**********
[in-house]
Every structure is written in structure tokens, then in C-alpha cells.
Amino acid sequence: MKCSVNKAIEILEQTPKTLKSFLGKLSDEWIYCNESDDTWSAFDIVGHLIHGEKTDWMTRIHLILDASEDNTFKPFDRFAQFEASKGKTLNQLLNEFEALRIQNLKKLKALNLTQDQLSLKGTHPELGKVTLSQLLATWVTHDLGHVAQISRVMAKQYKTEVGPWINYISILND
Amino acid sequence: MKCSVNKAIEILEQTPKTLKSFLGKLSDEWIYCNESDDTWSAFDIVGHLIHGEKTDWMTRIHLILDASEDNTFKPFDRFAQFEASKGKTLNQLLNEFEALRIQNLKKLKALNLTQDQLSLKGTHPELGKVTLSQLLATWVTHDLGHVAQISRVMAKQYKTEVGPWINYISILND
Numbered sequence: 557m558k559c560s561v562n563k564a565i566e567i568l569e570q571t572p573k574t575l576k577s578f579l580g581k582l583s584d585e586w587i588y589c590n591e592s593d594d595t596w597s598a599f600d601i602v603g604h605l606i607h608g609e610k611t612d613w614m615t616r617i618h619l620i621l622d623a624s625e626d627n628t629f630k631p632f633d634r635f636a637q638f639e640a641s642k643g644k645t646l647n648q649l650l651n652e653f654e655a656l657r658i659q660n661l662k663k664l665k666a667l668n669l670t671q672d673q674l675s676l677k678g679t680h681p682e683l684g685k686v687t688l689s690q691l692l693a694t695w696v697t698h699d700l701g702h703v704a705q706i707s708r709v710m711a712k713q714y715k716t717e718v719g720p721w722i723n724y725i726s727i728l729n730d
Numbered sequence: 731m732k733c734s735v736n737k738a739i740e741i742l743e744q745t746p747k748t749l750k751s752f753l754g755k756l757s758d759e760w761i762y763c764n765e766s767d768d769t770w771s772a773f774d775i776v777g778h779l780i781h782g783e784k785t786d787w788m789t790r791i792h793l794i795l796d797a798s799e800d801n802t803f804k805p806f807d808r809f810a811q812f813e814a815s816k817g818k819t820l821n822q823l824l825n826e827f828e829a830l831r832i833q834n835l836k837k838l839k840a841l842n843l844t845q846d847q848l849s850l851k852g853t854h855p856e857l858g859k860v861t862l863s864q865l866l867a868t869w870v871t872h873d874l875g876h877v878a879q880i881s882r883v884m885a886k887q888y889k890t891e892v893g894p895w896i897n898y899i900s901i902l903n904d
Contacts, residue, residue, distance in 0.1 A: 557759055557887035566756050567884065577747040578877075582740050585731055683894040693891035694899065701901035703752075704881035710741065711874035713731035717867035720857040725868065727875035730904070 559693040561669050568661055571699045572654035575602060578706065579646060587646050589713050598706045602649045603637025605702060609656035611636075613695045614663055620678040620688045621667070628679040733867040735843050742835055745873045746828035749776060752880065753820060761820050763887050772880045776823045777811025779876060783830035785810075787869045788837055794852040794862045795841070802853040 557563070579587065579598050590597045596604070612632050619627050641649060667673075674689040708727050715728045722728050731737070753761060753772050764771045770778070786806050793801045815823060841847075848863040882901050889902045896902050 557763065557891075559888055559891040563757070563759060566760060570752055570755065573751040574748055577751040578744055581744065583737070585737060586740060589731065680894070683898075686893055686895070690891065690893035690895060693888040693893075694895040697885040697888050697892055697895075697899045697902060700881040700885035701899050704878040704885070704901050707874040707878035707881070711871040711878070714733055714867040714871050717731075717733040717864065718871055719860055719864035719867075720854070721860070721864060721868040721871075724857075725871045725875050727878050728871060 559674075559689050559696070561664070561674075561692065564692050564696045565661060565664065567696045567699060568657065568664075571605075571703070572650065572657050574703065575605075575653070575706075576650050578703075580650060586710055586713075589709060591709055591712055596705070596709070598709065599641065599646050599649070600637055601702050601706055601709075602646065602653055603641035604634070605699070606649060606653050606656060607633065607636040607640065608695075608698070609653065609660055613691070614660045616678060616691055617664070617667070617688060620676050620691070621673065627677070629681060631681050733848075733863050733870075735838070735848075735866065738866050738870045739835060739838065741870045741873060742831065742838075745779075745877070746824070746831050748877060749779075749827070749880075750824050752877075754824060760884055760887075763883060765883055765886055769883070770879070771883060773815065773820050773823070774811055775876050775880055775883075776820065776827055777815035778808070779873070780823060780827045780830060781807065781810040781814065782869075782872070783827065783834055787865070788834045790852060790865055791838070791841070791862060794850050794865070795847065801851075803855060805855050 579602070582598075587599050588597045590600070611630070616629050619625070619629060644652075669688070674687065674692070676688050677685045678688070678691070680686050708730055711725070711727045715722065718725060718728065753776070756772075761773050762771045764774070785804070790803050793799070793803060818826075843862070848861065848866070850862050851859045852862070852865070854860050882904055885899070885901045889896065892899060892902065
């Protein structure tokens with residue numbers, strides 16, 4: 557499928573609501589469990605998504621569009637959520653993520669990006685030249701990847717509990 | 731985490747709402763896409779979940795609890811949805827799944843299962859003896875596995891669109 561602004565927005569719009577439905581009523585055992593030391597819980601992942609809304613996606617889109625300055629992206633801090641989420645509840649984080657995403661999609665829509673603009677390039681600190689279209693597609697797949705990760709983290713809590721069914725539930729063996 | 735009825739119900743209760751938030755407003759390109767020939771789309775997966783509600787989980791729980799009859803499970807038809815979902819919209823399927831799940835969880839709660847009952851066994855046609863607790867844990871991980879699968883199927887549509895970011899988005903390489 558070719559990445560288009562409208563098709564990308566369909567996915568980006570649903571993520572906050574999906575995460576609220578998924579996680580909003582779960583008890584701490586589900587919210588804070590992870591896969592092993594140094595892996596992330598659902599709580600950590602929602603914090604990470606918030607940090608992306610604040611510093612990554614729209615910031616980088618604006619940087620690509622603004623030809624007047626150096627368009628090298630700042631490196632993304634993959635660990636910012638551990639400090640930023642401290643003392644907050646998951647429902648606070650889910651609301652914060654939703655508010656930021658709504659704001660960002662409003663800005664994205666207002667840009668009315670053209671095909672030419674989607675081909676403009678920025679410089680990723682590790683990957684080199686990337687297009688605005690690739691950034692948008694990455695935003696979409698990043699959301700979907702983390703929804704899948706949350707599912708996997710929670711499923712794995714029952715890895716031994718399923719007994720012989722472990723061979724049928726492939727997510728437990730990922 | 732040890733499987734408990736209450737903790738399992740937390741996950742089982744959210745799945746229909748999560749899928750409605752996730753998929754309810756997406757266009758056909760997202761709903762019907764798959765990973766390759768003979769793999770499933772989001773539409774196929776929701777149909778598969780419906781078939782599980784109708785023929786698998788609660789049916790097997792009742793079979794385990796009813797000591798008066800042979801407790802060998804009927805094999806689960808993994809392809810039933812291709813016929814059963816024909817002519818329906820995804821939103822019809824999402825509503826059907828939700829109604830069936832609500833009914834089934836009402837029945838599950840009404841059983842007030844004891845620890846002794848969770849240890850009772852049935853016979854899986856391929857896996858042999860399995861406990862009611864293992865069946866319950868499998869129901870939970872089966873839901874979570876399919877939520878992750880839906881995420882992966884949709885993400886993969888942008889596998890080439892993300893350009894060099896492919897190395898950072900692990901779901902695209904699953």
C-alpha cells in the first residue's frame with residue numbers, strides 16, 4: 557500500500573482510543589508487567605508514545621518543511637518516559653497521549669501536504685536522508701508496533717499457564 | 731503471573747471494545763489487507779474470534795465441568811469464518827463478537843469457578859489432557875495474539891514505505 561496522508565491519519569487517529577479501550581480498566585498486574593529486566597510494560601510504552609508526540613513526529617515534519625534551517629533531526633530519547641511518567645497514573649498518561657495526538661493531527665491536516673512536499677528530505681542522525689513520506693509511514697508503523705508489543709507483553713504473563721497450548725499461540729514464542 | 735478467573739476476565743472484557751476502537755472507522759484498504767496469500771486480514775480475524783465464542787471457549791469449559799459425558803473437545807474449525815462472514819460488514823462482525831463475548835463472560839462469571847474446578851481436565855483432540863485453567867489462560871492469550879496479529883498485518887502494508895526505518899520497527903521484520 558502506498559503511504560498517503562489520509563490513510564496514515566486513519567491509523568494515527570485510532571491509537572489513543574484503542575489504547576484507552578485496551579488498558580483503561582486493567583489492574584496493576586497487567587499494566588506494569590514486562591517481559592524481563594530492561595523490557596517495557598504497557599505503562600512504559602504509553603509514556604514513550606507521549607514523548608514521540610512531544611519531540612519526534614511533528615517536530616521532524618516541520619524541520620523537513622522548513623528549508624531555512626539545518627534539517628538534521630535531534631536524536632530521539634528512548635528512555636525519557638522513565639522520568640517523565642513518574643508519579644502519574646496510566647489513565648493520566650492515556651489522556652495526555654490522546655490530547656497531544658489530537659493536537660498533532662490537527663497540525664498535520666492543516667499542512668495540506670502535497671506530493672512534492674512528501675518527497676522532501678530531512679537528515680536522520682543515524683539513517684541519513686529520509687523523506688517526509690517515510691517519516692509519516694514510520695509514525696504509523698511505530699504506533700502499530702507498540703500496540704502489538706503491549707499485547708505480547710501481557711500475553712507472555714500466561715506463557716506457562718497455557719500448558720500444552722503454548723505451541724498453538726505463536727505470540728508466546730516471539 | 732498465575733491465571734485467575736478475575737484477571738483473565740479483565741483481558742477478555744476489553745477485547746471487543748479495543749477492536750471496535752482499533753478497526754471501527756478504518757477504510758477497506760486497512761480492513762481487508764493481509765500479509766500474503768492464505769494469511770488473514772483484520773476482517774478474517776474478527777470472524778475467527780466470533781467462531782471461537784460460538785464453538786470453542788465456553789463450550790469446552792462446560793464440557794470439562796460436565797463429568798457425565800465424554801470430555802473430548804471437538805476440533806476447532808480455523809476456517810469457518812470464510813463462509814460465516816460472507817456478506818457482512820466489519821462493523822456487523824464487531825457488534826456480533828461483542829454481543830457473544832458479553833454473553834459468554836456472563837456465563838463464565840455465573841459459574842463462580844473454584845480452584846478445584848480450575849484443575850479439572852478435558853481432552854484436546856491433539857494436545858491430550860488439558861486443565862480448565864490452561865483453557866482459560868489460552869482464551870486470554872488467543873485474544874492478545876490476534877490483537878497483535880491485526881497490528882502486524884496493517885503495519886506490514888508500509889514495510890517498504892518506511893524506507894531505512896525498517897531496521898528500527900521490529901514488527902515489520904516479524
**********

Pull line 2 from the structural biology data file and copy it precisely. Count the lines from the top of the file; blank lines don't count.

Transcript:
Every structure is written in structure tokens, then in C-alpha cells.